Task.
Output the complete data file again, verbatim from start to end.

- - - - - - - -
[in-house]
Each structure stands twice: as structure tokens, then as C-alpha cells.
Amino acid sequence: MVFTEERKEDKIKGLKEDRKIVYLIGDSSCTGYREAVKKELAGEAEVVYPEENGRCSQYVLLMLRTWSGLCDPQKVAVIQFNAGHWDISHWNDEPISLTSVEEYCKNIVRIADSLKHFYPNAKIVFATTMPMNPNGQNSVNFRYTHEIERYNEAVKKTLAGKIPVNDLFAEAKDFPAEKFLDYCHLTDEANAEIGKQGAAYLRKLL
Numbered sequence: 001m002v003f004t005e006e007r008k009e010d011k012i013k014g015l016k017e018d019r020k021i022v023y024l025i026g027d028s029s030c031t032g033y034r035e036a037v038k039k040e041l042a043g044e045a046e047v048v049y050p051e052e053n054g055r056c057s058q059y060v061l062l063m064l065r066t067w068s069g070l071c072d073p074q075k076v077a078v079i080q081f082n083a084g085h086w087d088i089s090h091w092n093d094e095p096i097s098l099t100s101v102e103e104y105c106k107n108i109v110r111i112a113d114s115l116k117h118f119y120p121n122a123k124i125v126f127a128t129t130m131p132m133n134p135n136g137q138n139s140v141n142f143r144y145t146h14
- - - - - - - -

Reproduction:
[in-house]
Each structure stands twice: as structure tokens, then as C-alpha cells.
Amino acid sequence: MVFTEERKEDKIKGLKEDRKIVYLIGDSSCTGYREAVKKELAGEAEVVYPEENGRCSQYVLLMLRTWSGLCDPQKVAVIQFNAGHWDISHWNDEPISLTSVEEYCKNIVRIADSLKHFYPNAKIVFATTMPMNPNGQNSVNFRYTHEIERYNEAVKKTLAGKIPVNDLFAEAKDFPAEKFLDYCHLTDEANAEIGKQGAAYLRKLL
Numbered sequence: 001m002v003f004t005e006e007r008k009e010d011k012i013k014g015l016k017e018d019r020k021i022v023y024l025i026g027d028s029s030c031t032g033y034r035e036a037v038k039k040e041l042a043g044e045a046e047v048v049y050p051e052e053n054g055r056c057s058q059y060v061l062l063m064l065r066t067w068s069g070l071c072d073p074q075k076v077a078v079i080q081f082n083a084g085h086w087d088i089s090h091w092n093d094e095p096i097s098l099t100s101v102e103e104y105c106k107n108i109v110r111i112a113d114s115l116k117h118f119y120p121n122a123k124i125v126f127a128t129t130m131p132m133n134p135n136g137q138n139s140v141n142f143r144y145t146h14